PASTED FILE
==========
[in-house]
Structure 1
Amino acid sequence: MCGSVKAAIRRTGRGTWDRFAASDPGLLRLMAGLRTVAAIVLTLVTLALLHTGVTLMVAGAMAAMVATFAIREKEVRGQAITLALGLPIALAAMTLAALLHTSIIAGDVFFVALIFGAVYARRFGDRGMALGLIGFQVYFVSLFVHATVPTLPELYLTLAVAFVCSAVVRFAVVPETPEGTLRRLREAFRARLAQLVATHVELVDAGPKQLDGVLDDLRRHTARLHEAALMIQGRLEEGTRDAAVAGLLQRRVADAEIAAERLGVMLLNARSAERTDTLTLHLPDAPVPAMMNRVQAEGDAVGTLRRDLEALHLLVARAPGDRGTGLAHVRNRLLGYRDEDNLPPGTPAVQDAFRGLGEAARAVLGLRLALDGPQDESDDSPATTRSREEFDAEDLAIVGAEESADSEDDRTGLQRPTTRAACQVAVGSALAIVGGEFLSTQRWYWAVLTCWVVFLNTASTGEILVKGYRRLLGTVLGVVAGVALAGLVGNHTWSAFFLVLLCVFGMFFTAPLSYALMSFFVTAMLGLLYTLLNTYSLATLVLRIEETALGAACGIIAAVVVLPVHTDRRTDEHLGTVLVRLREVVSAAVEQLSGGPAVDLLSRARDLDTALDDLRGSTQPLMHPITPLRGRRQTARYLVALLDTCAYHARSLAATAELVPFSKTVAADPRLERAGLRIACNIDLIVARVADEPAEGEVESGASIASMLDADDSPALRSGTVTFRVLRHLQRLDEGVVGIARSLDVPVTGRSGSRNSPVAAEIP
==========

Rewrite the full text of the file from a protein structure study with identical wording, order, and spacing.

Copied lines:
[in-house]
Structure 1
Amino acid sequence: MCGSVKAAIRRTGRGTWDRFAASDPGLLRLMAGLRTVAAIVLTLVTLALLHTGVTLMVAGAMAAMVATFAIREKEVRGQAITLALGLPIALAAMTLAALLHTSIIAGDVFFVALIFGAVYARRFGDRGMALGLIGFQVYFVSLFVHATVPTLPELYLTLAVAFVCSAVVRFAVVPETPEGTLRRLREAFRARLAQLVATHVELVDAGPKQLDGVLDDLRRHTARLHEAALMIQGRLEEGTRDAAVAGLLQRRVADAEIAAERLGVMLLNARSAERTDTLTLHLPDAPVPAMMNRVQAEGDAVGTLRRDLEALHLLVARAPGDRGTGLAHVRNRLLGYRDEDNLPPGTPAVQDAFRGLGEAARAVLGLRLALDGPQDESDDSPATTRSREEFDAEDLAIVGAEESADSEDDRTGLQRPTTRAACQVAVGSALAIVGGEFLSTQRWYWAVLTCWVVFLNTASTGEILVKGYRRLLGTVLGVVAGVALAGLVGNHTWSAFFLVLLCVFGMFFTAPLSYALMSFFVTAMLGLLYTLLNTYSLATLVLRIEETALGAACGIIAAVVVLPVHTDRRTDEHLGTVLVRLREVVSAAVEQLSGGPAVDLLSRARDLDTALDDLRGSTQPLMHPITPLRGRRQTARYLVALLDTCAYHARSLAATAELVPFSKTVAADPRLERAGLRIACNIDLIVARVADEPAEGEVESGASIASMLDADDSPALRSGTVTFRVLRHLQRLDEGVVGIARSLDVPVTGRSGSRNSPVAAEIP